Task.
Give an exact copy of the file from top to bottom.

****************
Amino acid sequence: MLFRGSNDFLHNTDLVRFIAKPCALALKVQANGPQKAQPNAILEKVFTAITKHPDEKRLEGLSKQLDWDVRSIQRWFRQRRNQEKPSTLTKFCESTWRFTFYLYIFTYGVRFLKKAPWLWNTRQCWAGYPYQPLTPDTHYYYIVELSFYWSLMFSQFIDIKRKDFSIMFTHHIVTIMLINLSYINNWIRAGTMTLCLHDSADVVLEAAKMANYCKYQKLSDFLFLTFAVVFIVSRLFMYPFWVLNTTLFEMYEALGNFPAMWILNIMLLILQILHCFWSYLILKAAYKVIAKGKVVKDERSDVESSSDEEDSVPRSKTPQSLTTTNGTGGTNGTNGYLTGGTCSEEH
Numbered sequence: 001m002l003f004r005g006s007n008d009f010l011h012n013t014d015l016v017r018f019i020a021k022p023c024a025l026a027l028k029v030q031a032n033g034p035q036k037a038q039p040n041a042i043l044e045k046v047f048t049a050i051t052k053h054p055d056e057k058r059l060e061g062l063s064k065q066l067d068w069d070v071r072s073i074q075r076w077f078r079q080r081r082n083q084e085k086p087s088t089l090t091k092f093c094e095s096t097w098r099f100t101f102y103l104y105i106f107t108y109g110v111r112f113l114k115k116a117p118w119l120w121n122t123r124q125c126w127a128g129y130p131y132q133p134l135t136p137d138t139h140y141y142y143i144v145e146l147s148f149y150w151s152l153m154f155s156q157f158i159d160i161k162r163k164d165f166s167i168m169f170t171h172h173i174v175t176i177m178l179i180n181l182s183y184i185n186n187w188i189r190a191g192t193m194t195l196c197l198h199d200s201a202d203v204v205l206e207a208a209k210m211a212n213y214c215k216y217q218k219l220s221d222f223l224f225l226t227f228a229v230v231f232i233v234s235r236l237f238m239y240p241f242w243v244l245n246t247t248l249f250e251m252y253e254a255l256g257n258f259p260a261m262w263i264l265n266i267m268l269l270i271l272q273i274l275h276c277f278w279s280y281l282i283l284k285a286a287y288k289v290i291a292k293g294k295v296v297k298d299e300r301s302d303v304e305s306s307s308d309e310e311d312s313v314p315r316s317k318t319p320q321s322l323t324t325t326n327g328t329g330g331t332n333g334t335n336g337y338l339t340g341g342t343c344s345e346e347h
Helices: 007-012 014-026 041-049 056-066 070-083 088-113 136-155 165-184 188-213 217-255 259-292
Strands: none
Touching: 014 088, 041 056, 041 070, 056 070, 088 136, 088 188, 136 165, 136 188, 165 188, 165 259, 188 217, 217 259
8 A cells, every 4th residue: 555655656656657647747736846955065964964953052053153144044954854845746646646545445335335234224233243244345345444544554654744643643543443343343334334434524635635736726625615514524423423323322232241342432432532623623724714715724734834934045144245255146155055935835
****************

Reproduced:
Amino acid sequence: MLFRGSNDFLHNTDLVRFIAKPCALALKVQANGPQKAQPNAILEKVFTAITKHPDEKRLEGLSKQLDWDVRSIQRWFRQRRNQEKPSTLTKFCESTWRFTFYLYIFTYGVRFLKKAPWLWNTRQCWAGYPYQPLTPDTHYYYIVELSFYWSLMFSQFIDIKRKDFSIMFTHHIVTIMLINLSYINNWIRAGTMTLCLHDSADVVLEAAKMANYCKYQKLSDFLFLTFAVVFIVSRLFMYPFWVLNTTLFEMYEALGNFPAMWILNIMLLILQILHCFWSYLILKAAYKVIAKGKVVKDERSDVESSSDEEDSVPRSKTPQSLTTTNGTGGTNGTNGYLTGGTCSEEH
Numbered sequence: 001m002l003f004r005g006s007n008d009f010l011h012n013t014d015l016v017r018f019i020a021k022p023c024a025l026a027l028k029v030q031a032n033g034p035q036k037a038q039p040n041a042i043l044e045k046v047f048t049a050i051t052k053h054p055d056e057k058r059l060e061g062l063s064k065q066l067d068w069d070v071r072s073i074q075r076w077f078r079q080r081r082n083q084e085k086p087s088t089l090t091k092f093c094e095s096t097w098r099f100t101f102y103l104y105i106f107t108y109g110v111r112f113l114k115k116a117p118w119l120w121n122t123r124q125c126w127a128g129y130p131y132q133p134l135t136p137d138t139h140y141y142y143i144v145e146l147s148f149y150w151s152l153m154f155s156q157f158i159d160i161k162r163k164d165f166s167i168m169f170t171h172h173i174v175t176i177m178l179i180n181l182s183y184i185n186n187w188i189r190a191g192t193m194t195l196c197l198h199d200s201a202d203v204v205l206e207a208a209k210m211a212n213y214c215k216y217q218k219l220s221d222f223l224f225l226t227f228a229v230v231f232i233v234s235r236l237f238m239y240p241f242w243v244l245n246t247t248l249f250e251m252y253e254a255l256g257n258f259p260a261m262w263i264l265n266i267m268l269l270i271l272q273i274l275h276c277f278w279s280y281l282i283l284k285a286a287y288k289v290i291a292k293g294k295v296v297k298d299e300r301s302d303v304e305s306s307s308d309e310e311d312s313v314p315r316s317k318t319p320q321s322l323t324t325t326n327g328t329g330g331t332n333g334t335n336g337y338l339t340g341g342t343c344s345e346e347h
Helices: 007-012 014-026 041-049 056-066 070-083 088-113 136-155 165-184 188-213 217-255 259-292
Strands: none
Touching: 014 088, 041 056, 041 070, 056 070, 088 136, 088 188, 136 165, 136 188, 165 188, 165 259, 188 217, 217 259
8 A cells, every 4th residue: 555655656656657647747736846955065964964953052053153144044954854845746646646545445335335234224233243244345345444544554654744643643543443343343334334434524635635736726625615514524423423323322232241342432432532623623724714715724734834934045144245255146155055935835